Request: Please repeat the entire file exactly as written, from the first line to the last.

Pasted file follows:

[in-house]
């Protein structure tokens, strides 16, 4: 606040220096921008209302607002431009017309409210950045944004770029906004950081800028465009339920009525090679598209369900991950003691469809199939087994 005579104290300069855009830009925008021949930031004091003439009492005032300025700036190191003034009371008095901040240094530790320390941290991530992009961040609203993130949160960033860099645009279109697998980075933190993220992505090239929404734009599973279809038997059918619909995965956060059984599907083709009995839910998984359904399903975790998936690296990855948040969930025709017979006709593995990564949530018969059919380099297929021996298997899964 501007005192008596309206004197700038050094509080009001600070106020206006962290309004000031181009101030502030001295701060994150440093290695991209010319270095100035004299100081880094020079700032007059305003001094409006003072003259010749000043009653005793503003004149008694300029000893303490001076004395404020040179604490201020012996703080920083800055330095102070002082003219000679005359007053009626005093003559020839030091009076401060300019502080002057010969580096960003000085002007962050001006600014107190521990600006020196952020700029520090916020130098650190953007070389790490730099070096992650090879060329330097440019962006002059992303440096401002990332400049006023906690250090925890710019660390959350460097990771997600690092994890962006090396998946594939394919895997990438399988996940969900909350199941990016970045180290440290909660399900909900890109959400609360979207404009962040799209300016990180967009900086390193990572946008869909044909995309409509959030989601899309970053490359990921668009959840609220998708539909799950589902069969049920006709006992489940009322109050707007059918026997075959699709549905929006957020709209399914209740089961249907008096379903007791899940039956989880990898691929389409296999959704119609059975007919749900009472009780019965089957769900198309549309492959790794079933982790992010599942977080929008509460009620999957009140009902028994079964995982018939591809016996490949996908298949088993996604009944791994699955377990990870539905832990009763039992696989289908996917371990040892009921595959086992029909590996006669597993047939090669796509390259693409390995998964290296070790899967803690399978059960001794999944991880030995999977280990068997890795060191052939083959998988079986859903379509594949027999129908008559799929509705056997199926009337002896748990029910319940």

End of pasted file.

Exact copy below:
[in-house]
């Protein structure tokens, strides 16, 4: 606040220096921008209302607002431009017309409210950045944004770029906004950081800028465009339920009525090679598209369900991950003691469809199939087994 005579104290300069855009830009925008021949930031004091003439009492005032300025700036190191003034009371008095901040240094530790320390941290991530992009961040609203993130949160960033860099645009279109697998980075933190993220992505090239929404734009599973279809038997059918619909995965956060059984599907083709009995839910998984359904399903975790998936690296990855948040969930025709017979006709593995990564949530018969059919380099297929021996298997899964 501007005192008596309206004197700038050094509080009001600070106020206006962290309004000031181009101030502030001295701060994150440093290695991209010319270095100035004299100081880094020079700032007059305003001094409006003072003259010749000043009653005793503003004149008694300029000893303490001076004395404020040179604490201020012996703080920083800055330095102070002082003219000679005359007053009626005093003559020839030091009076401060300019502080002057010969580096960003000085002007962050001006600014107190521990600006020196952020700029520090916020130098650190953007070389790490730099070096992650090879060329330097440019962006002059992303440096401002990332400049006023906690250090925890710019660390959350460097990771997600690092994890962006090396998946594939394919895997990438399988996940969900909350199941990016970045180290440290909660399900909900890109959400609360979207404009962040799209300016990180967009900086390193990572946008869909044909995309409509959030989601899309970053490359990921668009959840609220998708539909799950589902069969049920006709006992489940009322109050707007059918026997075959699709549905929006957020709209399914209740089961249907008096379903007791899940039956989880990898691929389409296999959704119609059975007919749900009472009780019965089957769900198309549309492959790794079933982790992010599942977080929008509460009620999957009140009902028994079964995982018939591809016996490949996908298949088993996604009944791994699955377990990870539905832990009763039992696989289908996917371990040892009921595959086992029909590996006669597993047939090669796509390259693409390995998964290296070790899967803690399978059960001794999944991880030995999977280990068997890795060191052939083959998988079986859903379509594949027999129908008559799929509705056997199926009337002896748990029910319940």